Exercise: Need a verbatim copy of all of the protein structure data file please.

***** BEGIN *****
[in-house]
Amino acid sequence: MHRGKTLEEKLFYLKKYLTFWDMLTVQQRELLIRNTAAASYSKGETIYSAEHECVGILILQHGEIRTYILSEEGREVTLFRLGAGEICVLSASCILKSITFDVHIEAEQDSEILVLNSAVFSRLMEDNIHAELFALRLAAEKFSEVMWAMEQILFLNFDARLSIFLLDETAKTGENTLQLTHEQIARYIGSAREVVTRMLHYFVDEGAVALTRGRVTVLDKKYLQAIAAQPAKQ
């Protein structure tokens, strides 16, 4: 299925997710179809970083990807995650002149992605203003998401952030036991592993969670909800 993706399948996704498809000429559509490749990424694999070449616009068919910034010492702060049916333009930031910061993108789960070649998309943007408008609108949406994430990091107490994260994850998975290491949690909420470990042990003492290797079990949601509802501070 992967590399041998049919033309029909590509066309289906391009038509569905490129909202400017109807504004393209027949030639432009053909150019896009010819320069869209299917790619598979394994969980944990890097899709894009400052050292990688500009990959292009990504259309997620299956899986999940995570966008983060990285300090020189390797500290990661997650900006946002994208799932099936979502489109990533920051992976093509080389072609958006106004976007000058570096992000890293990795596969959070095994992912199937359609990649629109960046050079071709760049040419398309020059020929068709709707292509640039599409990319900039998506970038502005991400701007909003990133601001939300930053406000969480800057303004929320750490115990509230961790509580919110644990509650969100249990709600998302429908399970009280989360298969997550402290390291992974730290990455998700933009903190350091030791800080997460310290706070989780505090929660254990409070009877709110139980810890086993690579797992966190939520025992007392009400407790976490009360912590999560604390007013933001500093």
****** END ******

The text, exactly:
[in-house]
Amino acid sequence: MHRGKTLEEKLFYLKKYLTFWDMLTVQQRELLIRNTAAASYSKGETIYSAEHECVGILILQHGEIRTYILSEEGREVTLFRLGAGEICVLSASCILKSITFDVHIEAEQDSEILVLNSAVFSRLMEDNIHAELFALRLAAEKFSEVMWAMEQILFLNFDARLSIFLLDETAKTGENTLQLTHEQIARYIGSAREVVTRMLHYFVDEGAVALTRGRVTVLDKKYLQAIAAQPAKQ
């Protein structure tokens, strides 16, 4: 299925997710179809970083990807995650002149992605203003998401952030036991592993969670909800 993706399948996704498809000429559509490749990424694999070449616009068919910034010492702060049916333009930031910061993108789960070649998309943007408008609108949406994430990091107490994260994850998975290491949690909420470990042990003492290797079990949601509802501070 992967590399041998049919033309029909590509066309289906391009038509569905490129909202400017109807504004393209027949030639432009053909150019896009010819320069869209299917790619598979394994969980944990890097899709894009400052050292990688500009990959292009990504259309997620299956899986999940995570966008983060990285300090020189390797500290990661997650900006946002994208799932099936979502489109990533920051992976093509080389072609958006106004976007000058570096992000890293990795596969959070095994992912199937359609990649629109960046050079071709760049040419398309020059020929068709709707292509640039599409990319900039998506970038502005991400701007909003990133601001939300930053406000969480800057303004929320750490115990509230961790509580919110644990509650969100249990709600998302429908399970009280989360298969997550402290390291992974730290990455998700933009903190350091030791800080997460310290706070989780505090929660254990409070009877709110139980810890086993690579797992966190939520025992007392009400407790976490009360912590999560604390007013933001500093």